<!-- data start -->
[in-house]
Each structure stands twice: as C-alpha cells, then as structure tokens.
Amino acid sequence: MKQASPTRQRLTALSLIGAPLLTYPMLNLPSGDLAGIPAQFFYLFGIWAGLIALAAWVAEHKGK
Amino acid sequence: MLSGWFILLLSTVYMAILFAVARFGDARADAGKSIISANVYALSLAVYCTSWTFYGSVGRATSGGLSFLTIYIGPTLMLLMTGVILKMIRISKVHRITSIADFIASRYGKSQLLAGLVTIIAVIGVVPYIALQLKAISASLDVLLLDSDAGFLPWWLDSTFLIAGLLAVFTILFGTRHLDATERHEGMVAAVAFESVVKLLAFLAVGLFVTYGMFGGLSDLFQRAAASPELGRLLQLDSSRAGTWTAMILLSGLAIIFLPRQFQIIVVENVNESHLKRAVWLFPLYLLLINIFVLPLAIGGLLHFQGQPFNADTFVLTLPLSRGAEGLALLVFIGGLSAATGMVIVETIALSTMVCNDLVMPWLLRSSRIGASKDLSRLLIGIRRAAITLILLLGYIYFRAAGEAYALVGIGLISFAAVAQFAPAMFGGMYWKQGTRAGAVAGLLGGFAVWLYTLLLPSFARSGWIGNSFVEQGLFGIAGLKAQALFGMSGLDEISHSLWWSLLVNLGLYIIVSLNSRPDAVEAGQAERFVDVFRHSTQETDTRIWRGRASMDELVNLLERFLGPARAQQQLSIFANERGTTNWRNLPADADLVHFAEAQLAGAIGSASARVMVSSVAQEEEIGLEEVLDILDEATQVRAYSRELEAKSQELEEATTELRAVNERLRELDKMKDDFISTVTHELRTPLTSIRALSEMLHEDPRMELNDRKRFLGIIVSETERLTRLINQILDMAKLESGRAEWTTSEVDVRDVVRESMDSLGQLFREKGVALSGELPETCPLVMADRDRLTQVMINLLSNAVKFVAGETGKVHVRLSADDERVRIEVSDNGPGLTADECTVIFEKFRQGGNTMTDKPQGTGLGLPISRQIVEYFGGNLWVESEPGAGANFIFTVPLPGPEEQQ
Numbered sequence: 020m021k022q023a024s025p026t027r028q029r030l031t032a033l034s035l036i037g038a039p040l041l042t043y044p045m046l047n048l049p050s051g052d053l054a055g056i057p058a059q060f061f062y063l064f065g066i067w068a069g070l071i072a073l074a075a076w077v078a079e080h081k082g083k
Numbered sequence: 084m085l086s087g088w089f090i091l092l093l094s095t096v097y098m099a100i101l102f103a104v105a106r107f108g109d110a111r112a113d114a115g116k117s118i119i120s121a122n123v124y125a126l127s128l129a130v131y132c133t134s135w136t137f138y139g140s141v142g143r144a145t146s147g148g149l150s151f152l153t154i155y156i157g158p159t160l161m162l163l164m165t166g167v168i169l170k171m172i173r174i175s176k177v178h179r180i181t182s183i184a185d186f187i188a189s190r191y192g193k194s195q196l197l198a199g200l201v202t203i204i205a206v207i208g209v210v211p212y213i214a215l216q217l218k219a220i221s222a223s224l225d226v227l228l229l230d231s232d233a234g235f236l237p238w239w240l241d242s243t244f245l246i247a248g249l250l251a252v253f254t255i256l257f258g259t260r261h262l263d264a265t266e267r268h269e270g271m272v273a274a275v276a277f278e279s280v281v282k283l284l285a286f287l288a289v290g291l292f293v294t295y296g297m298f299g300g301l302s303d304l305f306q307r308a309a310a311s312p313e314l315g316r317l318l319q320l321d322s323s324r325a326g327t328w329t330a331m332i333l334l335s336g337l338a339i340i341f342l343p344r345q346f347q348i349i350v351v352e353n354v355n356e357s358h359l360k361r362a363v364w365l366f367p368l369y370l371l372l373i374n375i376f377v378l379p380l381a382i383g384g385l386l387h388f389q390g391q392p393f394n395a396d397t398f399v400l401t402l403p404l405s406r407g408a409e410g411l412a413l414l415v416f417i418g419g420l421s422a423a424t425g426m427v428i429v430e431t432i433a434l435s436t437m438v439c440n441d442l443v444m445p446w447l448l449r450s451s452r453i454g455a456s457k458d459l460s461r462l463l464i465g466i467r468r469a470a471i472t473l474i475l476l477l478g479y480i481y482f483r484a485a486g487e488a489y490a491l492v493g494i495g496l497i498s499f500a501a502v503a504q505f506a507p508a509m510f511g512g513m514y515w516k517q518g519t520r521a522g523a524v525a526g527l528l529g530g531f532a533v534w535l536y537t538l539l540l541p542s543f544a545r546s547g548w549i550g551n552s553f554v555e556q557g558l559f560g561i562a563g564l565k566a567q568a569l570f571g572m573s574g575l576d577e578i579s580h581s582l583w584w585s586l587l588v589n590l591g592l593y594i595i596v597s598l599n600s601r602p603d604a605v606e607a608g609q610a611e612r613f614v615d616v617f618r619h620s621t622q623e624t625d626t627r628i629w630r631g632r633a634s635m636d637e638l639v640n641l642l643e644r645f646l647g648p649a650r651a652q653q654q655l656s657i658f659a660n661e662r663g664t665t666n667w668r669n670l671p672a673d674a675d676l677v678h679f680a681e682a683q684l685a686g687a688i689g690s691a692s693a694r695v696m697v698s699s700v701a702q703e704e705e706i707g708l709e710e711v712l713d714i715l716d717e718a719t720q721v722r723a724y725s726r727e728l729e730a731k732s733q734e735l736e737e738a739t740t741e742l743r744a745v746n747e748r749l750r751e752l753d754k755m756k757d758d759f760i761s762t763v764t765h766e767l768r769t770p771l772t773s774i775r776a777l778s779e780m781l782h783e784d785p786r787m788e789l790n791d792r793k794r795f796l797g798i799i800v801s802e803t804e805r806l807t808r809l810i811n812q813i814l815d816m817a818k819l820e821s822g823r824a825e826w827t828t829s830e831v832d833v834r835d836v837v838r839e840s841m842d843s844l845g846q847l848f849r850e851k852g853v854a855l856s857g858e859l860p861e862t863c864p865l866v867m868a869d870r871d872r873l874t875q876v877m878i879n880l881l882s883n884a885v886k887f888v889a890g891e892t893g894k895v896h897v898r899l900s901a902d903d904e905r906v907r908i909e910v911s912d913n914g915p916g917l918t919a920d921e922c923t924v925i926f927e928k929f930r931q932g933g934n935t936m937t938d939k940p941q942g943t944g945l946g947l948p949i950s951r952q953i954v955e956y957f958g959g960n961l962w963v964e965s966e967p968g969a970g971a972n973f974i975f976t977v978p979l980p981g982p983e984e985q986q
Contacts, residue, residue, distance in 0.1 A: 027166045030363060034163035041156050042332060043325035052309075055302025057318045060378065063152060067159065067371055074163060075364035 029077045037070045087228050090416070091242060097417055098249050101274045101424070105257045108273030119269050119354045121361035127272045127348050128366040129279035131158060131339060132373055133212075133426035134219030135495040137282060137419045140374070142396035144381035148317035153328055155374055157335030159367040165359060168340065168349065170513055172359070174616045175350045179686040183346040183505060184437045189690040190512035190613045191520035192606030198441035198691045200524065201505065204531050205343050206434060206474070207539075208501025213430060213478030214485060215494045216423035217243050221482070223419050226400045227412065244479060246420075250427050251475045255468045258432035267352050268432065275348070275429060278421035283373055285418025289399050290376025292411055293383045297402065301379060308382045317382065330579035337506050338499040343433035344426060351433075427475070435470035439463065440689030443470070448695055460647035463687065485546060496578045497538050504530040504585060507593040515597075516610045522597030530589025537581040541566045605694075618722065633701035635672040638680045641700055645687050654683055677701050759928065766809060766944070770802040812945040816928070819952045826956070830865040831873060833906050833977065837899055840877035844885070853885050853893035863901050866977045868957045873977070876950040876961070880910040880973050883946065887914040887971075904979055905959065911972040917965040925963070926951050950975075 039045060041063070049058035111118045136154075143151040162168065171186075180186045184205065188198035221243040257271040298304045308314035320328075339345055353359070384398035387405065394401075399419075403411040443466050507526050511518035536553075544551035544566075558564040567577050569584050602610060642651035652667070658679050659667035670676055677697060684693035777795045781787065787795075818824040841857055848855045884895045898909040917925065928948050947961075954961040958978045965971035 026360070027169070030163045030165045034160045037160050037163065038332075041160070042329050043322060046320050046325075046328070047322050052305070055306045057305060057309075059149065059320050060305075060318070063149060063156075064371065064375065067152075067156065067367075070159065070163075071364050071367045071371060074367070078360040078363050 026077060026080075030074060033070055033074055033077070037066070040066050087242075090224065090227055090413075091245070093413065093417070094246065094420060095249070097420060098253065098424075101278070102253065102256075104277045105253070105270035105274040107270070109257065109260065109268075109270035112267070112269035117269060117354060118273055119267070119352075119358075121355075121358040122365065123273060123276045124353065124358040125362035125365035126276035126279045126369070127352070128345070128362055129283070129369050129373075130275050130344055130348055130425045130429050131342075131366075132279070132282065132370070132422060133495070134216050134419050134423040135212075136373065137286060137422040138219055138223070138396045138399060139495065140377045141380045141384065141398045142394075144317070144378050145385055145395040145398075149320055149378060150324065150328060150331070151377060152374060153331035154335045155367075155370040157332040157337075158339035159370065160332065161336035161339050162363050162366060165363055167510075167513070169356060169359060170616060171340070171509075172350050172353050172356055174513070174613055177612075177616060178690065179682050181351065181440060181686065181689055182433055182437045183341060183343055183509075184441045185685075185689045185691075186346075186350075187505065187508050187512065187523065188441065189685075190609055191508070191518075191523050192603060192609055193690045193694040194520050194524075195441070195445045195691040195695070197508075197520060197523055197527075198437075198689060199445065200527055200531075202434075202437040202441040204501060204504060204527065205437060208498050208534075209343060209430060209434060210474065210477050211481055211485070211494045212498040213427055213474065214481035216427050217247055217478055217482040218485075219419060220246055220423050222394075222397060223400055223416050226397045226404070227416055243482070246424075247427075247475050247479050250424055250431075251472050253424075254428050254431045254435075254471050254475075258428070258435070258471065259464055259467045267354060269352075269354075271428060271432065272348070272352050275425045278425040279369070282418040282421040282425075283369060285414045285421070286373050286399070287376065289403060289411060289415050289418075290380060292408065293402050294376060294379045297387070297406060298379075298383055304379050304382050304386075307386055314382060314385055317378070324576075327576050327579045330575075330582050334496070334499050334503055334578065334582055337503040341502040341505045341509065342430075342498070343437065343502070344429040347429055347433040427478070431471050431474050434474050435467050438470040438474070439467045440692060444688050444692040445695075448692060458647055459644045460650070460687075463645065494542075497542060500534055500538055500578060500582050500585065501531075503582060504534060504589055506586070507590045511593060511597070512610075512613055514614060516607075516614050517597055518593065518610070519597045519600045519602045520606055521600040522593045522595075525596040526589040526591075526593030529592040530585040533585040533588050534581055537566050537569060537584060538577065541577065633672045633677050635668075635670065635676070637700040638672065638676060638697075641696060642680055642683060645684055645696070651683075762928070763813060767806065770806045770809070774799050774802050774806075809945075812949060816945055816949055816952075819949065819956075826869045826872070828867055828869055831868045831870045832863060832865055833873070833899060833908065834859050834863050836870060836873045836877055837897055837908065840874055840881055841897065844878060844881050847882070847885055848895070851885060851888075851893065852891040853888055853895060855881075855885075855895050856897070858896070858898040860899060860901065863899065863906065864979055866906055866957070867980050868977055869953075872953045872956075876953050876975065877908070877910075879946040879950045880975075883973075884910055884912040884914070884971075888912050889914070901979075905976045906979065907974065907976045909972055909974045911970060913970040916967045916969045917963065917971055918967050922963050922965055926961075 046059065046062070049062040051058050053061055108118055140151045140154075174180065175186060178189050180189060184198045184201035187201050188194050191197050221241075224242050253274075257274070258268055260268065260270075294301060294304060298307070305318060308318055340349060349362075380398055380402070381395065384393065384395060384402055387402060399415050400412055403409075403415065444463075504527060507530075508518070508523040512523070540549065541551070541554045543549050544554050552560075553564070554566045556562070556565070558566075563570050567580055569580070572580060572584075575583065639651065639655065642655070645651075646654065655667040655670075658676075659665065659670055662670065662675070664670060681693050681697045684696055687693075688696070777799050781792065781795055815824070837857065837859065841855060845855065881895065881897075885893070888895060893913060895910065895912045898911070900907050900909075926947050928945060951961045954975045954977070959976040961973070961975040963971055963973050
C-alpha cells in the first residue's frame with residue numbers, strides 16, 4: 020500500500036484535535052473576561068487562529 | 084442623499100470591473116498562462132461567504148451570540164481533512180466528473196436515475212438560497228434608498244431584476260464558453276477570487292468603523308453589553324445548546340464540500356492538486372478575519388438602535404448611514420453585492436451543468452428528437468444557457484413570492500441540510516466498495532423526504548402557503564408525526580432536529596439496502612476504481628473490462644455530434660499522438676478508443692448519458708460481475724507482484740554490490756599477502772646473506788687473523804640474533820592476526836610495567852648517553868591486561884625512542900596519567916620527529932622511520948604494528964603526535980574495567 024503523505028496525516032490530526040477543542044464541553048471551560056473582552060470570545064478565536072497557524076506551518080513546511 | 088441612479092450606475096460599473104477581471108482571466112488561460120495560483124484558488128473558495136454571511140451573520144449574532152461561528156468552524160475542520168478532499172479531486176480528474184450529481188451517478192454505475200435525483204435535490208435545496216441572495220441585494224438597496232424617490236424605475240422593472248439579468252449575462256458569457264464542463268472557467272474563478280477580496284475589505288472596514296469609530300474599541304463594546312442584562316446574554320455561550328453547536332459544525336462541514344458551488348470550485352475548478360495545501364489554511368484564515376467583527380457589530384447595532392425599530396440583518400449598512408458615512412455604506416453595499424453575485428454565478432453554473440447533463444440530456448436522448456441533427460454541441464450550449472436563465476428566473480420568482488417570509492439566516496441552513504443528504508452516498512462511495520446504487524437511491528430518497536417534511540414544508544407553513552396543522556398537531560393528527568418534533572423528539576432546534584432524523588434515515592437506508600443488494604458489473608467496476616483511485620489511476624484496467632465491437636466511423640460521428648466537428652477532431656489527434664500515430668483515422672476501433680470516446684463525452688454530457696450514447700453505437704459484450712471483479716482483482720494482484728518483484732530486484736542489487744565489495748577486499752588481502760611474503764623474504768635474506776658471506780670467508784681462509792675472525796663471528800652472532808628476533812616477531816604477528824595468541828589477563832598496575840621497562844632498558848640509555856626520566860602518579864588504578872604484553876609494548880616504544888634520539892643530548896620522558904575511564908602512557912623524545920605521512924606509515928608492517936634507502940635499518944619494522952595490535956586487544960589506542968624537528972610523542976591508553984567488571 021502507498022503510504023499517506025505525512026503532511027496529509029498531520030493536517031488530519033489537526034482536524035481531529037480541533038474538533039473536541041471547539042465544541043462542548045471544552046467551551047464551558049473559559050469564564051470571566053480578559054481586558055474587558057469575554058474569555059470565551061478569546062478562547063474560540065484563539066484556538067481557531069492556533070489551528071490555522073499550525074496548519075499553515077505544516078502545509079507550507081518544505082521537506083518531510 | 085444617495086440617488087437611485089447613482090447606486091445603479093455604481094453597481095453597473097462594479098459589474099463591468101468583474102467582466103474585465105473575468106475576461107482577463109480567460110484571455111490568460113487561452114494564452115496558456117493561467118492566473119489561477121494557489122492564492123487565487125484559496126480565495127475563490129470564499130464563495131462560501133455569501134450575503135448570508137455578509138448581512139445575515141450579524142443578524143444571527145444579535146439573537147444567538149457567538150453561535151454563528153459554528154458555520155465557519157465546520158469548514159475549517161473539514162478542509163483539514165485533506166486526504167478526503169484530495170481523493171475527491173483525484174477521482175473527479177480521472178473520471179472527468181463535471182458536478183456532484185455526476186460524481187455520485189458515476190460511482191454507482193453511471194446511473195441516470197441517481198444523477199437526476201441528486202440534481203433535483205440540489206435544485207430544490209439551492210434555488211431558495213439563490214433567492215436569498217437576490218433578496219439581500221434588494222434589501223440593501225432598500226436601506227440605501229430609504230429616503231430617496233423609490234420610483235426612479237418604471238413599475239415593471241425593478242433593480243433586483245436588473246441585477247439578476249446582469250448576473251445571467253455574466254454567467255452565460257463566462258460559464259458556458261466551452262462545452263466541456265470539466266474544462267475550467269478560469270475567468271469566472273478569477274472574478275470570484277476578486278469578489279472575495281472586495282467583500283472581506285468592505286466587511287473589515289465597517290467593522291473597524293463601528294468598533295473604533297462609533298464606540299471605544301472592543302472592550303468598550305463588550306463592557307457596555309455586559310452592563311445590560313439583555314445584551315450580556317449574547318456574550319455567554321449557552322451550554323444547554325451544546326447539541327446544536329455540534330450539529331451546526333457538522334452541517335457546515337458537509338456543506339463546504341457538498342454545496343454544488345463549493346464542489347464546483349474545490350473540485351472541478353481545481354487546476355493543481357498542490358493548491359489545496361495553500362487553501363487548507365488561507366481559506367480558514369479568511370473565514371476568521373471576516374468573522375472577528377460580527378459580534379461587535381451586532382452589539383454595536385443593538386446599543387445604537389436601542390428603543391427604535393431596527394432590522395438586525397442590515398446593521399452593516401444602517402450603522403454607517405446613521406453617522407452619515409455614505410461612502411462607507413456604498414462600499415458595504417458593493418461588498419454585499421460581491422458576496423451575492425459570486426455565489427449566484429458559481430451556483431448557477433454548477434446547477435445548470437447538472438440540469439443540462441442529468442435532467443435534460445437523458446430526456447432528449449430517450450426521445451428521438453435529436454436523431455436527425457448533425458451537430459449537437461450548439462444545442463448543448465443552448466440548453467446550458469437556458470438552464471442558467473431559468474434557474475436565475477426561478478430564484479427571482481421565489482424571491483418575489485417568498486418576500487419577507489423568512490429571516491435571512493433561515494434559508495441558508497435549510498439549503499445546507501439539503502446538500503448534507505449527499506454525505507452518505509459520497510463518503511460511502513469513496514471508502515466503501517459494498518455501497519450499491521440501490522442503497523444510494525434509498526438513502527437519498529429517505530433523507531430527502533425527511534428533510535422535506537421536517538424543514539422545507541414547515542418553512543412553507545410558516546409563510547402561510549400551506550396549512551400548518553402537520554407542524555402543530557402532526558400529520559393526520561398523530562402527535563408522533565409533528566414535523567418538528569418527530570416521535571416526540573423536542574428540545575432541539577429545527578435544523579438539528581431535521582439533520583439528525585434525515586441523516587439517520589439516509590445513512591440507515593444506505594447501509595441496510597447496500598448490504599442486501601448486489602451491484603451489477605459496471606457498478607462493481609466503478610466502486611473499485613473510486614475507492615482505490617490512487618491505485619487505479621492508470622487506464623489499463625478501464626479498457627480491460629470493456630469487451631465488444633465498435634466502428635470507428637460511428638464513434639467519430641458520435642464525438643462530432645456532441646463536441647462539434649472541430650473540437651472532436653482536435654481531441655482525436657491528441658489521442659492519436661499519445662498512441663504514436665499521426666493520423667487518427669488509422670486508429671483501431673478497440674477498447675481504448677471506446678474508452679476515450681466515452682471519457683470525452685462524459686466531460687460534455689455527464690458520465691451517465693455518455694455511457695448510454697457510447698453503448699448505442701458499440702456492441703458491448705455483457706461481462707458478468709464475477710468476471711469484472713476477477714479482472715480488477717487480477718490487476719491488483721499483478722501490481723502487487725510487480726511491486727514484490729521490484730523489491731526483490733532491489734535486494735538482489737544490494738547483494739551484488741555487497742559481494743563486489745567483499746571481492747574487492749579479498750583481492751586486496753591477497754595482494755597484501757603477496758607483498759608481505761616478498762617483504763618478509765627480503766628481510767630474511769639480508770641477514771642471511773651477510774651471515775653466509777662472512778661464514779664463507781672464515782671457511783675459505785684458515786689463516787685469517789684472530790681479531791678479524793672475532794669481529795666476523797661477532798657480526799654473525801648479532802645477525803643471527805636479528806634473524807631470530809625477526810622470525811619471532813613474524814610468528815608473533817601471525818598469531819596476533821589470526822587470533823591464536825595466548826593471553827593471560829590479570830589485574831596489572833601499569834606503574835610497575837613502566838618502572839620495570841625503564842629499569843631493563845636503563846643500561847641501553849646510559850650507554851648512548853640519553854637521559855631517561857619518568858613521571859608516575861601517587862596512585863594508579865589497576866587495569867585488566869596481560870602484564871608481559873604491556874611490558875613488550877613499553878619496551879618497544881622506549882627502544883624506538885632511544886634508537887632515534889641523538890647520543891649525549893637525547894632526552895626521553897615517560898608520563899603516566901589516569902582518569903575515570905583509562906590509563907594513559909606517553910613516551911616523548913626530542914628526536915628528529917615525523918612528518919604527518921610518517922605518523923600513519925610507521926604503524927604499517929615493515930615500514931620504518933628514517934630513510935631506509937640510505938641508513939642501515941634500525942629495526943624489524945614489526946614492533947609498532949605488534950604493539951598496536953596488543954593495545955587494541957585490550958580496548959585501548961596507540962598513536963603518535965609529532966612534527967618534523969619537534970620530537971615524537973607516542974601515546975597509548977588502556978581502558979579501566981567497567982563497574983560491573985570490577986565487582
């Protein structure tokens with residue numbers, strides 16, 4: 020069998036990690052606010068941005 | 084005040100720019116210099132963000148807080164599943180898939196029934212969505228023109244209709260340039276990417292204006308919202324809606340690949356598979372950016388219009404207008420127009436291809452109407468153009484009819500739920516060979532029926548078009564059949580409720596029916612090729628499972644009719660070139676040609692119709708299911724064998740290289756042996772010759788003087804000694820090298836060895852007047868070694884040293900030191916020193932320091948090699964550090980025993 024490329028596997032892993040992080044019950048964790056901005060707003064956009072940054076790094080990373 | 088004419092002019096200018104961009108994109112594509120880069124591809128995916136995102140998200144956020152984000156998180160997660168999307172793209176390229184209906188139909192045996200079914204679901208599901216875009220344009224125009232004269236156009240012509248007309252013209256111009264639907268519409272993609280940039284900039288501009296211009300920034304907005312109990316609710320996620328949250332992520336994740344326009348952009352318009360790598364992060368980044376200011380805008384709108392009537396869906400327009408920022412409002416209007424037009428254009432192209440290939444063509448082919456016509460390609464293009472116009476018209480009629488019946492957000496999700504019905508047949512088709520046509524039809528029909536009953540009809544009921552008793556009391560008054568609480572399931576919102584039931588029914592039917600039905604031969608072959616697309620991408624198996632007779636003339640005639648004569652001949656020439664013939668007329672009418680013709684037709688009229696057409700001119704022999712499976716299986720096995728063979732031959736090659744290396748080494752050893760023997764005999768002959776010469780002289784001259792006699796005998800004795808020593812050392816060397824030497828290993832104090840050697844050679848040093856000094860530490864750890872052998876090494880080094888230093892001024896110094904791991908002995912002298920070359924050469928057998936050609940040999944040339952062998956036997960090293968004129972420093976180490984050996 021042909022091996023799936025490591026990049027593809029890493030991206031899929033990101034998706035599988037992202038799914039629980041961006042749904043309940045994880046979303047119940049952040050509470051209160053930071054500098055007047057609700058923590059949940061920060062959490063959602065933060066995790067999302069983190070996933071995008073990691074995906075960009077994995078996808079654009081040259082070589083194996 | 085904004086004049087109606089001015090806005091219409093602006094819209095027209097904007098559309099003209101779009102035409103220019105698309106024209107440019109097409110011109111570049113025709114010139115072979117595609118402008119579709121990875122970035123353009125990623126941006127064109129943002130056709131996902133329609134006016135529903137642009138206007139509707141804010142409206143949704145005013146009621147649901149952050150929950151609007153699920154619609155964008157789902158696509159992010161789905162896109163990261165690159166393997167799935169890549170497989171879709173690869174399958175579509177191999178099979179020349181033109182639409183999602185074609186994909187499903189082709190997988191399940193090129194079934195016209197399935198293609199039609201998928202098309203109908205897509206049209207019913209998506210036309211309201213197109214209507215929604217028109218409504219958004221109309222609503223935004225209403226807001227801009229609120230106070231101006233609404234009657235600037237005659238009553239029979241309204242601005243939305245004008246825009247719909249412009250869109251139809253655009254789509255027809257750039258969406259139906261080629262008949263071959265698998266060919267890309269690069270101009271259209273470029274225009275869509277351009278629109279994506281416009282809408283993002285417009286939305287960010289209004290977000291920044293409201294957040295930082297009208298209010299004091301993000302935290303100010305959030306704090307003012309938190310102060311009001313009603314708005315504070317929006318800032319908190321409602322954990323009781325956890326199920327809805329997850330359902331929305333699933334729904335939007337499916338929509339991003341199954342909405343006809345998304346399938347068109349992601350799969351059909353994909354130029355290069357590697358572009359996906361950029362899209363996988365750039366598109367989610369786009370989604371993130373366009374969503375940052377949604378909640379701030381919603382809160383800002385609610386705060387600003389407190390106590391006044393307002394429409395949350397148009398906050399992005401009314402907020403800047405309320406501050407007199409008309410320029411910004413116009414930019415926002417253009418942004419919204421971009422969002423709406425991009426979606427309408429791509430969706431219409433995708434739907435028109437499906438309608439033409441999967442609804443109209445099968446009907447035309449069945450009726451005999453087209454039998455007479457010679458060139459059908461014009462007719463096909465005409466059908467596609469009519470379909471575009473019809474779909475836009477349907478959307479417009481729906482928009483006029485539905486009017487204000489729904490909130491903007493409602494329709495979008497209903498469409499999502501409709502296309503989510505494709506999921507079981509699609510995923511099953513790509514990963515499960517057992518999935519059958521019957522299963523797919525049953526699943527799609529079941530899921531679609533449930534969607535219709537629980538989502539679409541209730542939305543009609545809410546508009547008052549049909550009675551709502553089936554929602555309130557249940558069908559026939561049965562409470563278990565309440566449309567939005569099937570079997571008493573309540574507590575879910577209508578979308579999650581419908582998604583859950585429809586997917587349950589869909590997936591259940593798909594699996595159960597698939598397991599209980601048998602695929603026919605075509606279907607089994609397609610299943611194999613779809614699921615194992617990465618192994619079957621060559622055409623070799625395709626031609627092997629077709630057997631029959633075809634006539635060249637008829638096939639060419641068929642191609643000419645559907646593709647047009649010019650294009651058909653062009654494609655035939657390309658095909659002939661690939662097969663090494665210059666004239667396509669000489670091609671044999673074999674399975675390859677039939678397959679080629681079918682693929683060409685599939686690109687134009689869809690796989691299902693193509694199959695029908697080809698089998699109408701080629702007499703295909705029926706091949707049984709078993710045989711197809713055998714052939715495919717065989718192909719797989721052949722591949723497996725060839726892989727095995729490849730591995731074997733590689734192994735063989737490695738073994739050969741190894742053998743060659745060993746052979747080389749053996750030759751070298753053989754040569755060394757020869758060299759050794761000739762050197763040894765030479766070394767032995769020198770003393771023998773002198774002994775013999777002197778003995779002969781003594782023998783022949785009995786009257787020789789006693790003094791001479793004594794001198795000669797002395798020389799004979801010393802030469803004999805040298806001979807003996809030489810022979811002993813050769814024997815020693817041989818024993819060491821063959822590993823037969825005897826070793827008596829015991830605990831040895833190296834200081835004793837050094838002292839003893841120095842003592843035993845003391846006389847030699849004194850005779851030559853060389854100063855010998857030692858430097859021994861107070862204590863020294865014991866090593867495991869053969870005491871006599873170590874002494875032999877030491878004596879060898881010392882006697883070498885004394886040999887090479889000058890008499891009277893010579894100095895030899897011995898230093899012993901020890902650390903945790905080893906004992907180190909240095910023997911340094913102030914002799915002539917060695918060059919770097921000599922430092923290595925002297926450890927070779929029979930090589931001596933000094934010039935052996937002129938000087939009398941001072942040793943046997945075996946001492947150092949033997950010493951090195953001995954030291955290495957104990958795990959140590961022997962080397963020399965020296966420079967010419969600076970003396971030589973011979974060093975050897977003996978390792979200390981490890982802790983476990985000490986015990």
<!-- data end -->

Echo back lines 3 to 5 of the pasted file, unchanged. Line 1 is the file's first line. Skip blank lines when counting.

Amino acid sequence: MKQASPTRQRLTALSLIGAPLLTYPMLNLPSGDLAGIPAQFFYLFGIWAGLIALAAWVAEHKGK
Amino acid sequence: MLSGWFILLLSTVYMAILFAVARFGDARADAGKSIISANVYALSLAVYCTSWTFYGSVGRATSGGLSFLTIYIGPTLMLLMTGVILKMIRISKVHRITSIADFIASRYGKSQLLAGLVTIIAVIGVVPYIALQLKAISASLDVLLLDSDAGFLPWWLDSTFLIAGLLAVFTILFGTRHLDATERHEGMVAAVAFESVVKLLAFLAVGLFVTYGMFGGLSDLFQRAAASPELGRLLQLDSSRAGTWTAMILLSGLAIIFLPRQFQIIVVENVNESHLKRAVWLFPLYLLLINIFVLPLAIGGLLHFQGQPFNADTFVLTLPLSRGAEGLALLVFIGGLSAATGMVIVETIALSTMVCNDLVMPWLLRSSRIGASKDLSRLLIGIRRAAITLILLLGYIYFRAAGEAYALVGIGLISFAAVAQFAPAMFGGMYWKQGTRAGAVAGLLGGFAVWLYTLLLPSFARSGWIGNSFVEQGLFGIAGLKAQALFGMSGLDEISHSLWWSLLVNLGLYIIVSLNSRPDAVEAGQAERFVDVFRHSTQETDTRIWRGRASMDELVNLLERFLGPARAQQQLSIFANERGTTNWRNLPADADLVHFAEAQLAGAIGSASARVMVSSVAQEEEIGLEEVLDILDEATQVRAYSRELEAKSQELEEATTELRAVNERLRELDKMKDDFISTVTHELRTPLTSIRALSEMLHEDPRMELNDRKRFLGIIVSETERLTRLINQILDMAKLESGRAEWTTSEVDVRDVVRESMDSLGQLFREKGVALSGELPETCPLVMADRDRLTQVMINLLSNAVKFVAGETGKVHVRLSADDERVRIEVSDNGPGLTADECTVIFEKFRQGGNTMTDKPQGTGLGLPISRQIVEYFGGNLWVESEPGAGANFIFTVPLPGPEEQQ
Numbered sequence: 020m021k022q023a024s025p026t027r028q029r030l031t032a033l034s035l036i037g038a039p040l041l042t043y044p045m046l047n048l049p050s051g052d053l054a055g056i057p058a059q060f061f062y063l064f065g066i067w068a069g070l071i072a073l074a075a076w077v078a079e080h081k082g083k